The Chairperson of Kayunga Sugarcane out Grower’s Association Patrick Nsereko reveals that the working relationship between SCOUL and the farmers has been good until 2016 when SCOUL started restricting permits.
More than 300 out-growers in Kayunga district are stuck
with their canes after failing to acquire selling and transportation permits
from the Sugar Corporation of Uganda Limited-SCOUL.
SCOUL introduced the system of giving out loans to farmers who wanted to start growing
sugarcane in 2001 to increase on its quantity. According to the contracts
signed with farmers they agreed to receive a tractor for clearing the garden,
sugarcane seedlings and shillings 250, 000 per every acre for
The Chairperson of Kayunga Sugarcane out Grower’s Association Patrick Nsereko
reveals that the working relationship between SCOUL and the farmers has been good
until 2016 when SCOUL started restricting permits.
Currently farmers are worried about the accumulating loans after taking about
four seasons without harvesting, some have burnt down their plantations and
resorted to grow crops such as maize and rice.
Moses Muyingo one of the affected farmers at Bulyankuyege local Council-LCI in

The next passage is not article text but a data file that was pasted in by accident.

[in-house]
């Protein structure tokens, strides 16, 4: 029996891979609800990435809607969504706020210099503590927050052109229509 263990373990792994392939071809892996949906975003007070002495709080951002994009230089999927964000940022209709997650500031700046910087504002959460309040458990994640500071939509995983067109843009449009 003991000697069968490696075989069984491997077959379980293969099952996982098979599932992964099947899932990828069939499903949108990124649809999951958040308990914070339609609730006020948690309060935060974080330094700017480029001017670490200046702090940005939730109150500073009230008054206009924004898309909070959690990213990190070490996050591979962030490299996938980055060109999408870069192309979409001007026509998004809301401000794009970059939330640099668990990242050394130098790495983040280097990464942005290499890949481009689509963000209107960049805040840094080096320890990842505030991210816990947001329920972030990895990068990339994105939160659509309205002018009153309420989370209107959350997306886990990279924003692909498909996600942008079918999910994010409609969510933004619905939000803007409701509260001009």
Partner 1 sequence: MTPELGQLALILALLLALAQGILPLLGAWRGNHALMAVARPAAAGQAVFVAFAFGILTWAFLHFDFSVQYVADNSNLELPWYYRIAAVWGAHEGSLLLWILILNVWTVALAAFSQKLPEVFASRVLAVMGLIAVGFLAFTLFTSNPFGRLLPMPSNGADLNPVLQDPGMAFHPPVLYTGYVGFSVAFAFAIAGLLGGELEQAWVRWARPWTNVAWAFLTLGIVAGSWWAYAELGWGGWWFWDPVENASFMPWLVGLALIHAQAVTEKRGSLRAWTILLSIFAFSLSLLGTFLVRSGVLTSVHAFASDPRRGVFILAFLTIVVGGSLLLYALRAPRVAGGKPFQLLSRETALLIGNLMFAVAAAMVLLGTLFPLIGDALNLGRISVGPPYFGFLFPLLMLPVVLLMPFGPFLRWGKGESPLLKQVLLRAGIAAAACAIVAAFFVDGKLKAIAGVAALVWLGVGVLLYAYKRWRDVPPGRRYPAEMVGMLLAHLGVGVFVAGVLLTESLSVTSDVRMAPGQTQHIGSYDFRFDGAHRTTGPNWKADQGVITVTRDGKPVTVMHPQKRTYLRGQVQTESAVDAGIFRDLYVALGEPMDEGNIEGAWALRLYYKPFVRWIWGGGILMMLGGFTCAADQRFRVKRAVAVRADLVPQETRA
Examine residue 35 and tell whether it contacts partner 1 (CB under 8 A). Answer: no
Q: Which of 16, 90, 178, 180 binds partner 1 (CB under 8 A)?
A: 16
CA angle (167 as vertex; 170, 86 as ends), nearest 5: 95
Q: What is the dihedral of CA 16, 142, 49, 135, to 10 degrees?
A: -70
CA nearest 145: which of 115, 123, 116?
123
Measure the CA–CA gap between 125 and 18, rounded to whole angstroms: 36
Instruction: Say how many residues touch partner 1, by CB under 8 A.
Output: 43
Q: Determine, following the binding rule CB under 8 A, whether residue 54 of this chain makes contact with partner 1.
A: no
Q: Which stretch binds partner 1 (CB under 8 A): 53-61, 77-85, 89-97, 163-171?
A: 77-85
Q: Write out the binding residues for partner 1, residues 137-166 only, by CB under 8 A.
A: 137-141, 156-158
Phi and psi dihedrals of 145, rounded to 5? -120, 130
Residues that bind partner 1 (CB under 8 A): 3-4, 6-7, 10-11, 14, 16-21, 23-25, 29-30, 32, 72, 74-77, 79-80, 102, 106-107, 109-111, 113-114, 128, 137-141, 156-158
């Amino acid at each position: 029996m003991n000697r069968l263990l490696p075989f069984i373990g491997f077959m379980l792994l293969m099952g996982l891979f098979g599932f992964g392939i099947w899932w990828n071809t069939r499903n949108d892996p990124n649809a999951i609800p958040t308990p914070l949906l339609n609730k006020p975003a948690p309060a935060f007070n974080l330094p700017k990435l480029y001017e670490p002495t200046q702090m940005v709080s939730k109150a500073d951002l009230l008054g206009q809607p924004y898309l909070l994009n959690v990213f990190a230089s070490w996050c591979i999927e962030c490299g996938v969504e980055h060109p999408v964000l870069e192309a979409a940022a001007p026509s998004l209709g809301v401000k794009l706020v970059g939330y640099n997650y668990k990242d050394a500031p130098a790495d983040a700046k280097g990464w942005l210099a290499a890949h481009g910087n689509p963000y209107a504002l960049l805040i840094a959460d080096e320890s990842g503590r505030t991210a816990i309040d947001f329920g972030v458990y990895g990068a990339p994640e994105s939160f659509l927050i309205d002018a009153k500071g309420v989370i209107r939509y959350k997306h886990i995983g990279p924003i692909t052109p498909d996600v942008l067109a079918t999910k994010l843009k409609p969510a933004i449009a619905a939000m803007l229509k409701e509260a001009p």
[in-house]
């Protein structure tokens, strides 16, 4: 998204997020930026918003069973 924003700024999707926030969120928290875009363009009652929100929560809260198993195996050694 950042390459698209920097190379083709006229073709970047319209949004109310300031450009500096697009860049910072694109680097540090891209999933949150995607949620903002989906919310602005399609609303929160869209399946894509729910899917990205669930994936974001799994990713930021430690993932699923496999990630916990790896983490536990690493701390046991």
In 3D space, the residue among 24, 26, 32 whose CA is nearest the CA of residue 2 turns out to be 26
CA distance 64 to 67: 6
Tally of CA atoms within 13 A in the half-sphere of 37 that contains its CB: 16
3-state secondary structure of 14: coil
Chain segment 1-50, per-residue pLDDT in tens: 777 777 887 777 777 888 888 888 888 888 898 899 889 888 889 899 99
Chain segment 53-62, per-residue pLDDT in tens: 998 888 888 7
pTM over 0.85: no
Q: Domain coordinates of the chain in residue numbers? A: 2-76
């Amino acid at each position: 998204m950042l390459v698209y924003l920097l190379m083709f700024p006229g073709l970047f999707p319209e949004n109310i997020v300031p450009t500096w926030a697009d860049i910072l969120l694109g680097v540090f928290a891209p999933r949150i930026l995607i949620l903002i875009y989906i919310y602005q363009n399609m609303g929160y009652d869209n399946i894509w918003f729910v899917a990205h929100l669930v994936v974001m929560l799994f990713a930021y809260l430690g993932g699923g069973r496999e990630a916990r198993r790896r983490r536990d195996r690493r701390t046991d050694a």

Kayunga Rural Sub County attributes the problem to the accumulated big
plantations owned by workers within Scoul.
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Another farmer Prossy Kasolo says they secured a loan from Scoul to start
growing sugarcanes but has taken two years without harvesting them after
failing to secure transportation and selling permits from SCOUL.
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Steven Nyero the Officer at Scoul in -charge sugar plantations at
Kayunga District notes that when the number of suppliers increased they advised
farmers to form clusters to sell their sugarcane but they are insisting on
selling as individuals.
“Those farmers know what to
do, we have guided them several times about the proper channel of selling their
sugar but are not responding,” Nyero says.